Volume. 12231

Israel’s hasty announcement of spy arrest is suspicious, media say
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The circumstances surrounding the hasty announcement of the arrest of an alleged Iranian spy in the occupied territories are suspicious, according to Israeli media outlets.
Israel's Shin Bet security service on Sunday announced the arrest on September 11 of an Iranian spy carrying photographs of the U.S. embassy in Tel Aviv.
News of the arrest of Ali Mansouri, described as a Belgian of Iranian origin, was released just hours after Prime Minister Benjamin Netanyahu left for Washington and New York, determined to expose what he described as "sweet talk" by Israel's arch-foe Iran.
On Monday, Israeli media outlets said that the Zionist security services don’t usually hurry to announce the arrest of a spy, noting that the move was clearly motivated by Israel’s diplomatic and political interests.
"Security services do not hurry to reveal, of their own volition, recent espionage affairs," Israeli daily Yediot Aharonot’s defense commentator Alex Fishman wrote.
"An espionage network is too important an operational card to trade with publicly, unless there is a particularly important operational or diplomatic interest that requires such disclosure," he added.
"In the case of the Iranian spy Ali Mansouri, the diplomatic interest behind the affair is completely transparent: Israel is trying to embarrass the Iranians in response to the successful public relations campaign that Iranian President (Hassan) Rouhani which he conducted in the U.S. over the past week."
Carmella Menashe of the Zionist regime’s public radio also echoed those suspicions.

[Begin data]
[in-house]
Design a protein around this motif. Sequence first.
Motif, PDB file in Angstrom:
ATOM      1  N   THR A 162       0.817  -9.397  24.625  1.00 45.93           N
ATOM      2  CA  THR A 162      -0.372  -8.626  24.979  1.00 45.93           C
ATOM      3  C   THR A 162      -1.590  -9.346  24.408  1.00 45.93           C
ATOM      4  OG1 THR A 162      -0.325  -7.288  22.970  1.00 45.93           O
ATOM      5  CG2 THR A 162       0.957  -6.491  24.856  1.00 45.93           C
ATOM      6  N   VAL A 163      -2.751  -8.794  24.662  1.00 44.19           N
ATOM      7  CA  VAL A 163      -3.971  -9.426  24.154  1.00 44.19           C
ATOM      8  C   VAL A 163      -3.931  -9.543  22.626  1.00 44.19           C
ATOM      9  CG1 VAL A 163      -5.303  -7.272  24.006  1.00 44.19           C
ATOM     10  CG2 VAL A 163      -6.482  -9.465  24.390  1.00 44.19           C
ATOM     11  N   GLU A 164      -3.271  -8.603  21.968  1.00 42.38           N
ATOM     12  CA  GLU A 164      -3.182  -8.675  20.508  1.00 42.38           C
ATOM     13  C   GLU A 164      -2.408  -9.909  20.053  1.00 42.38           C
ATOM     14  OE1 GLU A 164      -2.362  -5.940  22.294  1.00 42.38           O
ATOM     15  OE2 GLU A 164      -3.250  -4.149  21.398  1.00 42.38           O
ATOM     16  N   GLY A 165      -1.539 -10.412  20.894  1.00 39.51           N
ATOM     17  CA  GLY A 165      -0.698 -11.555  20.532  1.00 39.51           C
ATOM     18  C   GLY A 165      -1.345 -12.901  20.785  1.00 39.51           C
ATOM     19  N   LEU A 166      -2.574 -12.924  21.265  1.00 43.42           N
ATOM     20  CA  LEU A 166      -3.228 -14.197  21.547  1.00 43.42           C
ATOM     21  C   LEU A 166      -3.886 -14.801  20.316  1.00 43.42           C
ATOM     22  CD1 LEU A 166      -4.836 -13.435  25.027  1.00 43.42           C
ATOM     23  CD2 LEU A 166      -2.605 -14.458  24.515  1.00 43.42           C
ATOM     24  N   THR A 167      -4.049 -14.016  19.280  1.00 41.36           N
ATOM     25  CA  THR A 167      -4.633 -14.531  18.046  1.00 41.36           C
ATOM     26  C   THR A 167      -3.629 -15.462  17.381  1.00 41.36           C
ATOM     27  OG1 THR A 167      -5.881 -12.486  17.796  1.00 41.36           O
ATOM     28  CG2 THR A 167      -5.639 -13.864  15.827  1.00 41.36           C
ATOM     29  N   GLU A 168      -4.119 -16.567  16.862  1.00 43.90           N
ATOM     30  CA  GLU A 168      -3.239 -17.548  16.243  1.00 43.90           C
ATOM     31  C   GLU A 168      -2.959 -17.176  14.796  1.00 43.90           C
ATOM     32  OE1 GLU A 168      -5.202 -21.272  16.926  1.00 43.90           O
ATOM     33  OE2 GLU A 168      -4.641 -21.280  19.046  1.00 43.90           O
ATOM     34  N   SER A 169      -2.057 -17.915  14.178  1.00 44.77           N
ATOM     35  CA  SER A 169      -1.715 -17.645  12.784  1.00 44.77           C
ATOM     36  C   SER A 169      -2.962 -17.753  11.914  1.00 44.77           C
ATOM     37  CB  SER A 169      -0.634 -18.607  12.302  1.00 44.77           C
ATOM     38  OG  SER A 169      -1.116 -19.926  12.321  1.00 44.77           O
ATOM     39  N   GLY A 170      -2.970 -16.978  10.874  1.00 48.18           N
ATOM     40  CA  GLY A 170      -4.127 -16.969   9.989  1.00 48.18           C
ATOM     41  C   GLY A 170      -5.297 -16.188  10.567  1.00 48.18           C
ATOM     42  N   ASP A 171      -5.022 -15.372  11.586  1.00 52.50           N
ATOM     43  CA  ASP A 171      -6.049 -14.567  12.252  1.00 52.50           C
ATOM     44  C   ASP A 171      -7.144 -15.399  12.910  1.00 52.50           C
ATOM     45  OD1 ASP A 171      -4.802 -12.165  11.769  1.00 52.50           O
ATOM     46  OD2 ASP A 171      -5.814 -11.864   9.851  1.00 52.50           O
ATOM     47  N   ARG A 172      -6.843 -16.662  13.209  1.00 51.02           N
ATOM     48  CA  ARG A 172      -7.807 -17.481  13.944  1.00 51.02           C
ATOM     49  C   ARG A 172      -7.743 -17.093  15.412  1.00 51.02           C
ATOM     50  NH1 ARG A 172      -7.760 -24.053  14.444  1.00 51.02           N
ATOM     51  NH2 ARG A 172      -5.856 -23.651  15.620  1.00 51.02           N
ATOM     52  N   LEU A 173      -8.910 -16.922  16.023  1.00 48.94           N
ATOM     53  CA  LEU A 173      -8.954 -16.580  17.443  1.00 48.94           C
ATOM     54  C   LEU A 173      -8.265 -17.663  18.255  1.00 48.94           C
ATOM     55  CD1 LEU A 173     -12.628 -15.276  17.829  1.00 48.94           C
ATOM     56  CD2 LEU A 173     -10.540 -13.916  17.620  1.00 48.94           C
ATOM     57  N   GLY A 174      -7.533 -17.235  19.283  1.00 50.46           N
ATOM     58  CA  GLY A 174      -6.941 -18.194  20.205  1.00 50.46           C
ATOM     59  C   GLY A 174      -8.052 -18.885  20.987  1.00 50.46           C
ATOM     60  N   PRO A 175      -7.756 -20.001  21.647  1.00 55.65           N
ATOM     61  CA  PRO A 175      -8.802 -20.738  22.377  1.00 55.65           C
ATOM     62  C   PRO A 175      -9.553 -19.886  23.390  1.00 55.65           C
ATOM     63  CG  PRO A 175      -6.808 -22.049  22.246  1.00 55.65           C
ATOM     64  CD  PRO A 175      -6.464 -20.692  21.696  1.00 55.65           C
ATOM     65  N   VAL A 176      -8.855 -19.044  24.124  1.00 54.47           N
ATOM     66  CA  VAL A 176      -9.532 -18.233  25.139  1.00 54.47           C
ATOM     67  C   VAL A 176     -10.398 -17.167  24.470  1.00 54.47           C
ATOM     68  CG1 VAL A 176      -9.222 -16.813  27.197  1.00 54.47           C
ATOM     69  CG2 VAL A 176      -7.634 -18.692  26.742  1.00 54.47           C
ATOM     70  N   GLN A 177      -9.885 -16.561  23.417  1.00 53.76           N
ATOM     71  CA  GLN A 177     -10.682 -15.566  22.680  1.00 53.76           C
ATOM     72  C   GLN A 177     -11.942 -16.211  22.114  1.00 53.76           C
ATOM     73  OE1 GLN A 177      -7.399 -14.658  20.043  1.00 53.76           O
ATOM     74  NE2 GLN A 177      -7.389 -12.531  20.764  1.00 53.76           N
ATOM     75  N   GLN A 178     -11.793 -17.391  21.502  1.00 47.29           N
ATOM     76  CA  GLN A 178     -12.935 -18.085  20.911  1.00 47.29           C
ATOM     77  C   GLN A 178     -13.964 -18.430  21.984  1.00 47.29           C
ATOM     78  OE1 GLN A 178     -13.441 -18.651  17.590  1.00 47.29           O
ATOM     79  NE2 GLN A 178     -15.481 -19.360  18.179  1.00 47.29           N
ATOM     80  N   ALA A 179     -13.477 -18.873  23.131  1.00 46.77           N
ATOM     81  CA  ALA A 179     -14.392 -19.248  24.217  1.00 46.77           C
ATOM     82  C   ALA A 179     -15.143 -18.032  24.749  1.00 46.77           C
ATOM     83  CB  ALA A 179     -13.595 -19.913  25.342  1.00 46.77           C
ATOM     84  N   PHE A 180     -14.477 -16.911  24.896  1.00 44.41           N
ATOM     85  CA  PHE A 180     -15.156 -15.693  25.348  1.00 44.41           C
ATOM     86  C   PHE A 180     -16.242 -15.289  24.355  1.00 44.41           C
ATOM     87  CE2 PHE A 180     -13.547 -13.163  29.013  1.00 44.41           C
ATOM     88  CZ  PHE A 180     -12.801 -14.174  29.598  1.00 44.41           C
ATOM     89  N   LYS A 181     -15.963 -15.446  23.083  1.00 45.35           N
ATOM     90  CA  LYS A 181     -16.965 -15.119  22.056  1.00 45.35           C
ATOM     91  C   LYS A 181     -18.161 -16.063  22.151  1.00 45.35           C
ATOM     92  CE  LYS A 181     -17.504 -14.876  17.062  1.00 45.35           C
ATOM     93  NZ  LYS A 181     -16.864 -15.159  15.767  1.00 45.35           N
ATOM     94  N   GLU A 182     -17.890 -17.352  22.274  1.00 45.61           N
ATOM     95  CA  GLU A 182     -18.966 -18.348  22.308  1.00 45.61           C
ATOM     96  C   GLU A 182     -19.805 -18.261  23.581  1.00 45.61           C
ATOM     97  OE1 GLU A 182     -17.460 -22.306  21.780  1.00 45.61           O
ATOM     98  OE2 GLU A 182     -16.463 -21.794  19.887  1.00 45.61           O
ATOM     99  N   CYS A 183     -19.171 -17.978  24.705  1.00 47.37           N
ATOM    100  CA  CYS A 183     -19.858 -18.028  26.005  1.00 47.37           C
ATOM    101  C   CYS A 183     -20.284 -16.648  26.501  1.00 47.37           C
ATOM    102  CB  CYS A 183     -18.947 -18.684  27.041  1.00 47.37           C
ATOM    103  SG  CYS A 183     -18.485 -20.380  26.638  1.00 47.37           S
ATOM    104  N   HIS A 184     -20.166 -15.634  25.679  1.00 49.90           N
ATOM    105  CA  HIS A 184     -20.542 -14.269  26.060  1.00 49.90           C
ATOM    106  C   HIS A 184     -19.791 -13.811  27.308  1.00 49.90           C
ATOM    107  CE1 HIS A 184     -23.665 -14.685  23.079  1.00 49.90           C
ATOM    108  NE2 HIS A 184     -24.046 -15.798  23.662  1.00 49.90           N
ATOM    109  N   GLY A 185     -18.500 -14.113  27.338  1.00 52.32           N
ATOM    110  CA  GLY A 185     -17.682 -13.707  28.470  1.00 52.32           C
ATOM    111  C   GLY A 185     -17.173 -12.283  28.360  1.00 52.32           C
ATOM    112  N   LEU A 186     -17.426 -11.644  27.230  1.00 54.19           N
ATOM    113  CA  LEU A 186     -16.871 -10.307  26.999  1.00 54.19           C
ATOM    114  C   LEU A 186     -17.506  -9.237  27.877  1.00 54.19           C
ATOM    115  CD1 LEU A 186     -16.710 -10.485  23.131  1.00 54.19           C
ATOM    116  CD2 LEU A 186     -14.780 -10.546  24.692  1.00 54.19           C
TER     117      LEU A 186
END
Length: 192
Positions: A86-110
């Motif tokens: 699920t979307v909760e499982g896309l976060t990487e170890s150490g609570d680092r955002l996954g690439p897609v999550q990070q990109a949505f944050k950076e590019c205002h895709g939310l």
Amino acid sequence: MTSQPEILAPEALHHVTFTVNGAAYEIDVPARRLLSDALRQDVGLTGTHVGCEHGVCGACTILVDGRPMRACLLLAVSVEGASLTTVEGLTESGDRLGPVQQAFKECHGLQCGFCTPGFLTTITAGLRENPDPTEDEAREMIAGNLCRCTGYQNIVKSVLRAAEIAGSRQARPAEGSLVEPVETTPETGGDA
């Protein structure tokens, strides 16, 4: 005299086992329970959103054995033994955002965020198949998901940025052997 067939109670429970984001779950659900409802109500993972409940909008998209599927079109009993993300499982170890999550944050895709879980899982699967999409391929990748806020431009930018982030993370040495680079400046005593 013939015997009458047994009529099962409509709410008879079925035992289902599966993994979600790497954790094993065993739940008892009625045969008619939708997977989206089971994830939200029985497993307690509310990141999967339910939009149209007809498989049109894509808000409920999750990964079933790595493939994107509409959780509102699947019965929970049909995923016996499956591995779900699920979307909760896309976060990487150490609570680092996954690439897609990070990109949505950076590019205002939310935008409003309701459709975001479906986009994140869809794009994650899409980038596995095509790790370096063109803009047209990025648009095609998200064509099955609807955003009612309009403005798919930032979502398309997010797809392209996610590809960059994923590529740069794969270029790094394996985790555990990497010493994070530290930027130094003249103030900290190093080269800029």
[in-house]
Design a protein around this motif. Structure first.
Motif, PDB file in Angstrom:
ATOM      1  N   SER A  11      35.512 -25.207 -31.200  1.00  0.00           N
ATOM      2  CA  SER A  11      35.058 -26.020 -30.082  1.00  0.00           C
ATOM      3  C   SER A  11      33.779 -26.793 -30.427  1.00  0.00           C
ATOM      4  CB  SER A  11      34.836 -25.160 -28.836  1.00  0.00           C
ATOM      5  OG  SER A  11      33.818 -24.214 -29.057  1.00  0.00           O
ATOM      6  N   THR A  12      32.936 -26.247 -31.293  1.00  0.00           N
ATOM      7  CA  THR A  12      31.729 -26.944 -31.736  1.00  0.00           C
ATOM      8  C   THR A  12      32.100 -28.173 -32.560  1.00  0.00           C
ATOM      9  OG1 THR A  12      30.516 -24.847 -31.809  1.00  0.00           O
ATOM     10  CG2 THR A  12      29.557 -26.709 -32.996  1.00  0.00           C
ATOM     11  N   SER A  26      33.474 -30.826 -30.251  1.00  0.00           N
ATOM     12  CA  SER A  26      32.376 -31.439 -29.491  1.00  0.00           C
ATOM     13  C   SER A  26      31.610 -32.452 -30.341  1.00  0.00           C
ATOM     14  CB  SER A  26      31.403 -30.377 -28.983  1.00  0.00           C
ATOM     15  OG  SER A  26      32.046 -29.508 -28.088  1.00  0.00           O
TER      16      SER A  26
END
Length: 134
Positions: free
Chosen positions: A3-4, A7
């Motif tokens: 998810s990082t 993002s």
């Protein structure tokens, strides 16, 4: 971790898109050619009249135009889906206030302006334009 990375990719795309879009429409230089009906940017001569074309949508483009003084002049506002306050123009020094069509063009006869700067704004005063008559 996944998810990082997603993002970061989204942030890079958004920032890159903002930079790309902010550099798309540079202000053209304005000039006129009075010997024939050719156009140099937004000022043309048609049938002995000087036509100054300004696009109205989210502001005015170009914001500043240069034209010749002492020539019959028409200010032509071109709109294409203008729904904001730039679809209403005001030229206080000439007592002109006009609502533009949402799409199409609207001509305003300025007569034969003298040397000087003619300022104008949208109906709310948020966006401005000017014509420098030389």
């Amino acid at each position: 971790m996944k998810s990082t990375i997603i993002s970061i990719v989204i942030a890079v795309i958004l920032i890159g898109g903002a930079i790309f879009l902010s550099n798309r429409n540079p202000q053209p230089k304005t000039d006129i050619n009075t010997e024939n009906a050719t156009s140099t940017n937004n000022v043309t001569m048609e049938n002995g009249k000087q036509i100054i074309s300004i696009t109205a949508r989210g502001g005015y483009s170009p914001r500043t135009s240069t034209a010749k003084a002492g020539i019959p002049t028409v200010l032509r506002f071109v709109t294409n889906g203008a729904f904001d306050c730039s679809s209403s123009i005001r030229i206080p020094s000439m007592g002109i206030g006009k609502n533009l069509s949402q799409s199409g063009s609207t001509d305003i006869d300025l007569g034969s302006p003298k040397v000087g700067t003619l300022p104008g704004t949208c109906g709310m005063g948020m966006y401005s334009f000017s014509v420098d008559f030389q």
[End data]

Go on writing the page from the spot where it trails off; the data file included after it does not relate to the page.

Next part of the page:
"Security sources tell us that details of the investigation would have emerged anyway in the coming days," she said. "They confirm that there were additional considerations of national interest.
"The national interest considerations were the prime minister's trip to the U.S. and his speech at the UN."
According to AFP, an Israeli court on Monday remanded in custody the alleged Iranian spy for eight days. Mansouri, 58, was silent and motionless, in his first public appearance, as he sat in handcuffs, wearing a brown prison uniform. 
Public defender Okabi told reporters outside the courtroom that the facts of the case were not so black and white as the security service alleged.
"The apocalyptic picture painted by the Shin Bet is far more complex and the attempt to say that our client came here in order to carry out attacks on Israel is far from the truth and without foundation," she said.
"We are forbidden from giving further details," she said, as the investigation was still in progress
Israel's Shin Bet security service says that Mansouri, who holds a Belgian passport, was sent to Israel by Iran's elite Republican Guards and arrested at Tel Aviv's Ben Gurion international airport as he sought to leave the country.
The domestic intelligence service, directly responsible to Netanyahu's office, said that under questioning, the suspect had said he had been promised $1 million to use his position as a businessman to set up companies in Israel on behalf of the Iranian intelligence services to "harm Israeli and Western interests".

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Last Updated on 30 September 2013 17:57